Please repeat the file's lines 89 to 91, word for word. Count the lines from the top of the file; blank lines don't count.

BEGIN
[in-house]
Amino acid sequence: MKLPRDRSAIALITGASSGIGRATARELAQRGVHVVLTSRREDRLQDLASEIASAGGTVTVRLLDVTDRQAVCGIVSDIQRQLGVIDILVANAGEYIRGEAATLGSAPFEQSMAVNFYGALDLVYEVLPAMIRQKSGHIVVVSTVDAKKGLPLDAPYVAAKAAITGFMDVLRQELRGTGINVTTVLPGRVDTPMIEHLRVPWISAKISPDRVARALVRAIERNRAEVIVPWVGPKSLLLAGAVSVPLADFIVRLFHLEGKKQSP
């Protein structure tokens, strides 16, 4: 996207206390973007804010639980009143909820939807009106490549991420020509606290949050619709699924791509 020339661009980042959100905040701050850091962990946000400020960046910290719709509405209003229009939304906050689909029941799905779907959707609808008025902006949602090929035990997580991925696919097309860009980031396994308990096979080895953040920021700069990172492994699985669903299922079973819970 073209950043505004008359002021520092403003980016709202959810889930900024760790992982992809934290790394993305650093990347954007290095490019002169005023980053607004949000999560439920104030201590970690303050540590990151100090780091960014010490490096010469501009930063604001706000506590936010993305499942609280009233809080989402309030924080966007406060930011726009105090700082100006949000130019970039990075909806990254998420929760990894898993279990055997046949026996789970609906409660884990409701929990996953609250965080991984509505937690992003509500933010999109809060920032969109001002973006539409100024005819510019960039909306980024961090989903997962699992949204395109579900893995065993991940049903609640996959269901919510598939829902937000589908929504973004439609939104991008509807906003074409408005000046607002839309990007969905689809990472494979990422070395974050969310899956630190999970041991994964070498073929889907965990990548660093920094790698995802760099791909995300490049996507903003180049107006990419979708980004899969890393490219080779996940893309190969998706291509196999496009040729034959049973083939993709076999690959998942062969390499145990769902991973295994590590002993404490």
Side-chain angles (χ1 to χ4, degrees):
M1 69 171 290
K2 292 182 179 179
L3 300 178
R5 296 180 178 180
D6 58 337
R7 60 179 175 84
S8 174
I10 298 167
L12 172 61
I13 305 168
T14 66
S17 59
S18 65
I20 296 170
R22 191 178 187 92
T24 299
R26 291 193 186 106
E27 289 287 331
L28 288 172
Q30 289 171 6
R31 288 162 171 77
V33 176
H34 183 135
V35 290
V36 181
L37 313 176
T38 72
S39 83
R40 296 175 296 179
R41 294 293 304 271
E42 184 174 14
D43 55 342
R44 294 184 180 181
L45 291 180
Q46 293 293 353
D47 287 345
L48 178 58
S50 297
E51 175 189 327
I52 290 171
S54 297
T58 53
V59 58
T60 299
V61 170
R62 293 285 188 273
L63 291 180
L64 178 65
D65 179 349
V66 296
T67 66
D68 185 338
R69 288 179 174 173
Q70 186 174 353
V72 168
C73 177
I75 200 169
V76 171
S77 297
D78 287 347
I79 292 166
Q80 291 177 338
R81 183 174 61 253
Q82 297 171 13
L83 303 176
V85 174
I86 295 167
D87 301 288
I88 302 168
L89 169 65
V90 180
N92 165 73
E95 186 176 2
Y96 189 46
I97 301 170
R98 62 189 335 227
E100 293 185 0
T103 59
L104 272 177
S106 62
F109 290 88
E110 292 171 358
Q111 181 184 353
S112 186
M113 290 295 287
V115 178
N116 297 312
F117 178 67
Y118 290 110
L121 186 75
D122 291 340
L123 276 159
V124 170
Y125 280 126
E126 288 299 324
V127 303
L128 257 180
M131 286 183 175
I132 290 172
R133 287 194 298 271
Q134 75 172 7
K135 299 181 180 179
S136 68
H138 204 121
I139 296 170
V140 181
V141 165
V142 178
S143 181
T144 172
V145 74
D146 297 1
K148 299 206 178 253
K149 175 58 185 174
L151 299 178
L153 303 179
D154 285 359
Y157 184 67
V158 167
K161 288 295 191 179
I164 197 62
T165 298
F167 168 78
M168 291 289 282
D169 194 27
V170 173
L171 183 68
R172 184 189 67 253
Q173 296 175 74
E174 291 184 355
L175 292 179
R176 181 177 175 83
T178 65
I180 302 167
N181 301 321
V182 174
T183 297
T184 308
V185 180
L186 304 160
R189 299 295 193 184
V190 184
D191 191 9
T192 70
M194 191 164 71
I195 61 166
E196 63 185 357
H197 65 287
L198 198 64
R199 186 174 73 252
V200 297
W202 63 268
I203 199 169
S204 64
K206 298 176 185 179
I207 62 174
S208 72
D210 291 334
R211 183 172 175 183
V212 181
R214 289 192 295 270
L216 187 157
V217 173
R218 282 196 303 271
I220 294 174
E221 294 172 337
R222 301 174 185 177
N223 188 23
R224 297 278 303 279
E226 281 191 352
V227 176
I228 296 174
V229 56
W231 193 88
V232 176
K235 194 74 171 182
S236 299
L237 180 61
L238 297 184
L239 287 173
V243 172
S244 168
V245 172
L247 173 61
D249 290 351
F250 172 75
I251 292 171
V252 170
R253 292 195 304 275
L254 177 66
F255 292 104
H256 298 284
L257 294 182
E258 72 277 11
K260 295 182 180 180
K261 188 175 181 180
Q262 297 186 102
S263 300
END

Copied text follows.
M113 290 295 287
V115 178
N116 297 312